Back in April, the University of Michigan football team went to Rome on a school-sponsored trip. Good times were had by all. Today, Michigan's athletic director Warde Manuel told the Detroit News that the trip cost approximately $800,000 and was paid entirely by a single anonymous male donor as part of an unrestricted gift.
This means that someone handed the athletics department more than three-quarters of a million dollars and told them to do whatever they wanted with it. Somehow, the athletics department decided the very best use of that money was a trip to Rome.
Now, it sure seems like Manuel totally gets how weird this looks when the players are unpaid, but he still tried to talk his way through it.
"It will be about $5,000 to $6,000 a person, so it was a great investment. It was just terrific. We pay them through an educational experience like Michigan does all the time. I don't think about it in terms of paying our athletes but if people want to say we should give something to our students of value, I can't think of a better way to invest in them for their lifetime and their experience."
It's interesting, to me at least, that Manuel doesn't specify exactly who this was a good investment for. The donor? The school? The athletics department? I think he meant the university's investment in the students (LOL) but another reading of it, placed inside the larger college football recruitment arms race, could mean this was a great investment for the athletics department in future recruits.
In any event, "Pay them through an educational experience" is a classic line straight from Amateurism 101, a course Manuel has obviously taken, during which I'm sure he received no monetary compensation because he was being paid through an educational experience like Michigan does all the time.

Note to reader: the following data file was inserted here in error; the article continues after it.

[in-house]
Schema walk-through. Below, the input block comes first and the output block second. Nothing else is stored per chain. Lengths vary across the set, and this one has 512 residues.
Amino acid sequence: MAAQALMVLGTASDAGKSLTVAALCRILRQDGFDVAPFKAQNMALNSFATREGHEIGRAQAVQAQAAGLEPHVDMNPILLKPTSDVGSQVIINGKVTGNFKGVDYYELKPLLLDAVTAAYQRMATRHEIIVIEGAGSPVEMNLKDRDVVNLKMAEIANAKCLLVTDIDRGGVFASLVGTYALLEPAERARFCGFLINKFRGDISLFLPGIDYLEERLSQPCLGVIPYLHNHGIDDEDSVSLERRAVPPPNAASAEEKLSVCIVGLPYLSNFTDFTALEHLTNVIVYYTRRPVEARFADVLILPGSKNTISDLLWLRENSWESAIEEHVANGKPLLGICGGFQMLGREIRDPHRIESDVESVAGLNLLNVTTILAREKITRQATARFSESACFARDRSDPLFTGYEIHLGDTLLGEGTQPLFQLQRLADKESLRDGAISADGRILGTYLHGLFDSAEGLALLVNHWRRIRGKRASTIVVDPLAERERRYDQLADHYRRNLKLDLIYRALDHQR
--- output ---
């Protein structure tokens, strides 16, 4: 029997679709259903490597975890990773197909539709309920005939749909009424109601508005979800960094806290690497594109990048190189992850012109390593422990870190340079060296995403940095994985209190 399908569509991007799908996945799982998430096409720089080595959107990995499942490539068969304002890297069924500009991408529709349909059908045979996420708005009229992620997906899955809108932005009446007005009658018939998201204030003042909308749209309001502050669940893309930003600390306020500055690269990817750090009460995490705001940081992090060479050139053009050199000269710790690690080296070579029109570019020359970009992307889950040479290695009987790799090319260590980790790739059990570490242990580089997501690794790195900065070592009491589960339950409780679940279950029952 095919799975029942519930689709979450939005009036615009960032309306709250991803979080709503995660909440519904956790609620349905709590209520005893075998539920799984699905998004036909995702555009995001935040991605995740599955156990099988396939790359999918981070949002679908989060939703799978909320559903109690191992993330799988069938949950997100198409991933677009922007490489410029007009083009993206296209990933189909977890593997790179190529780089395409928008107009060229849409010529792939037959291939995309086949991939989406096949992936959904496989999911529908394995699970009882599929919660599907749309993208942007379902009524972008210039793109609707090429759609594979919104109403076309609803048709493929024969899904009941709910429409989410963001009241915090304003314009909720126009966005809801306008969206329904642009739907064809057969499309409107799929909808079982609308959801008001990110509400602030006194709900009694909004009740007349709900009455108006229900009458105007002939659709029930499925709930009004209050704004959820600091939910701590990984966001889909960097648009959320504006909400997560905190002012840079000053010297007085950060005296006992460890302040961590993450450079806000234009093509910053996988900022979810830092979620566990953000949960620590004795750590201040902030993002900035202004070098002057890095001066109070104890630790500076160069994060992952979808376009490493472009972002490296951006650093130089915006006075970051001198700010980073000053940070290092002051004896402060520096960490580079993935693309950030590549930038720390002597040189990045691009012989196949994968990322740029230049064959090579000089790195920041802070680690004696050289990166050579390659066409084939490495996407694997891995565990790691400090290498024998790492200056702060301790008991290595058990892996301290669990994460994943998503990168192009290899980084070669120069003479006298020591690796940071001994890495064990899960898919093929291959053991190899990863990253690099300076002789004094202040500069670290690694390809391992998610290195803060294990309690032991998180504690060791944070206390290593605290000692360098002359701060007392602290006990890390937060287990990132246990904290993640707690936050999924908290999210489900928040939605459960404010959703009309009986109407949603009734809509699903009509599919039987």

It probably doesn't surprise you Michigan head coach Jim Harbaugh is all aboard the Paying Them Through An Educational Experience train and thinks "free" trips abroad he also gets to go on is a fantastic use of resources. I'm going to include his full quote from the Detroit News article because it, too, is pretty Peak Amateurism:
"This is a good way to spend our resources. Investing in the players, investing in the youngsters in this educational type of way because all learning's not done in the classroom. Not all of it's done on the football field. It's done in connecting. Can't close ourselves off. To connect with the rest of the world, from this experience it's been amazing. We're all similar, we're all part of the same team, the human race. When you throw out a ball, a soccer ball, a football, a pelota (Spanish for ball), there is no language barrier anymore. Everybody is speaking the same language. We do feel like innovators, we feel like pioneers, and for the good. Innovators for the good. I encourage as many people to do this."
So, while the athletic director tried to justify this program by comparing it to study abroad programs—something universities have been doing for almost as long as they've existed—Harbaugh thinks it's an innovation. Why, it's almost as if they're making shit up as they go along.